Our ironic attitude to death
As a culture, we avoid talking about death. Whether it’s because of existential angst (the worry about what’ll happen to us after we die?), a simple association with sadness and sorrow (we’ve experienced other peoples deaths but by definition we’ve never died ourselves), or because of an empathic understanding of how sad our death may make our friends and loved ones (at least, we assume so).
This is very understandable but it’s counterproductive all the same. By treating death as something unspeakable we avoid it’s consideration at all cost. The effect of this avoidance is huge.
Though it might feel like bringing a sledgehammer to break a nut, remembering that you’re soon going to die is a cure for all manner of life’s little problems.
Take procrastination. Literally the attitude of “I’ll do it tomorrow”. What better answer than to remember that there may not be all that many tomorrow’s left?
Or take work stress, which so often (not always, obviously) results from our taking on too much and failing to prioritise? What better antidote than “life’s too short for this crap”?
What of worry about fitting in, about not doing that thing you’ve always wanted to do because, well, “what will people think?” Just remember that it might well be now or never. You may be brave enough tomorrow, but of course tomorrow may never come.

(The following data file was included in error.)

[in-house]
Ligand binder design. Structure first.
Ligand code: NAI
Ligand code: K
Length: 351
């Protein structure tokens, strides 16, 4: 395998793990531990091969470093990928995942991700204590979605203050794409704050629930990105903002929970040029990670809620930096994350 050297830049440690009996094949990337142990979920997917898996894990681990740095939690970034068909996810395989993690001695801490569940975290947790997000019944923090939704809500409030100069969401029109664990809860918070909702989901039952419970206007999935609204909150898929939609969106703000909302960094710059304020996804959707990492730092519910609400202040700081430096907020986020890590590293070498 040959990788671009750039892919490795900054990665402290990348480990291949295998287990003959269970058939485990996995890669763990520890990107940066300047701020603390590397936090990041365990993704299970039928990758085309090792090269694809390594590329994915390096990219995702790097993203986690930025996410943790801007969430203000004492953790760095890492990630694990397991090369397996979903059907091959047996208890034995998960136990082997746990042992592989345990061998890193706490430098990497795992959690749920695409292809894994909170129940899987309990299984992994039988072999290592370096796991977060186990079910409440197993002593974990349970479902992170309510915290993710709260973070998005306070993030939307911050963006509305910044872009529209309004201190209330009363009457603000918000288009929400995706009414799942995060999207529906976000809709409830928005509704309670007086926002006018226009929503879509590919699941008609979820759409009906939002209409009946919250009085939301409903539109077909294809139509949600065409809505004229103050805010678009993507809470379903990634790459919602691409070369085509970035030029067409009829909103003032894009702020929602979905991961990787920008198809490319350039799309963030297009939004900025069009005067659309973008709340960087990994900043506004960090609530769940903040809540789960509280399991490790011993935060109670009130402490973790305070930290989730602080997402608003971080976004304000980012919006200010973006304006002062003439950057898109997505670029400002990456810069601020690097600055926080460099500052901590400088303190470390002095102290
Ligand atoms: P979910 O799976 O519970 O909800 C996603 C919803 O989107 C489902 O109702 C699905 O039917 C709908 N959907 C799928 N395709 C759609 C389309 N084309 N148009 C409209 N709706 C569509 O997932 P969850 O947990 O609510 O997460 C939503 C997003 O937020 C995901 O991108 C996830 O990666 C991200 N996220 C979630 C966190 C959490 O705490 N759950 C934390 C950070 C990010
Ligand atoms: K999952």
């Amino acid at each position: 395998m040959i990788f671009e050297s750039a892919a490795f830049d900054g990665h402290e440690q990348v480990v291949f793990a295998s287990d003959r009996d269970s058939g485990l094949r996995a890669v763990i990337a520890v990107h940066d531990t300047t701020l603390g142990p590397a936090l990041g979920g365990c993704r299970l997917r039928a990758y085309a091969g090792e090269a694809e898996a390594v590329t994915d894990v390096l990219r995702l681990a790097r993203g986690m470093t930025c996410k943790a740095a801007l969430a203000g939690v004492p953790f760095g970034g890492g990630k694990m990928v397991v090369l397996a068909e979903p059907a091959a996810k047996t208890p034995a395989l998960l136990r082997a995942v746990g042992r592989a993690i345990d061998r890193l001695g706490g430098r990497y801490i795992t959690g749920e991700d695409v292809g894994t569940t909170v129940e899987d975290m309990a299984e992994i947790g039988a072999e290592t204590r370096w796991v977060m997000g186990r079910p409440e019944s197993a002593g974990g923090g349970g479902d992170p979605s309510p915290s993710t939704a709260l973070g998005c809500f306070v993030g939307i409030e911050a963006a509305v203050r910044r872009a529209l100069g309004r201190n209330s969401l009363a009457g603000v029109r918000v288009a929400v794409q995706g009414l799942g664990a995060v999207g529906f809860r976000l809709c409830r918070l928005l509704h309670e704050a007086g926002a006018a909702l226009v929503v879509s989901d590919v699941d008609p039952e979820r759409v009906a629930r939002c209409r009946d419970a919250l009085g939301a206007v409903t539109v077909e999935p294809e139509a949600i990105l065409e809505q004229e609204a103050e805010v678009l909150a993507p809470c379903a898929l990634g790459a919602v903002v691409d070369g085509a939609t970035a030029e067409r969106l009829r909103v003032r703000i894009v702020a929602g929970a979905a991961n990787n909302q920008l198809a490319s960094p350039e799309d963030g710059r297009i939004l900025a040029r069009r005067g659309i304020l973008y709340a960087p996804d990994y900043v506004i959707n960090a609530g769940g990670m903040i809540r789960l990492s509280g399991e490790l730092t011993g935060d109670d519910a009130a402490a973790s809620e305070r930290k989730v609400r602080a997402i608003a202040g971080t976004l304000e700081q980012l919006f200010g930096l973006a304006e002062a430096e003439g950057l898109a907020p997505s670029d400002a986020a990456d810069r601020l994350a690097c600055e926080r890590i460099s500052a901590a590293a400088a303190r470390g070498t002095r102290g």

There’s an irony in our attitude to death. One of the principal objections people give to considering their own death is that it’s painful to think about how sad people will be. Perhaps this sounds a bit too much like cold hard economics but people are likely to miss you all the more if you’ve lived a rich meaningful life, if you’ve given more than you’ve taken. And remembering that you, too, will die, and quite soon, is one of the best ways I know to get yourself to do meaningful things with each day, to do those difficult things that involve giving more than you take.
Remind yourself that you don’t have all that many days left, and you’re less likely to allow this day, right here and now, to be filled with things that don’t matter.
This is hardly a novel insight, but we are so disinclined to take it on board, it deserves repeating.
Here are two of my favourite quotes:
“Let us endeavor to live so that when we die even the undertaker will be sorry”
— Mark Twain, Pudd’nhead Wilson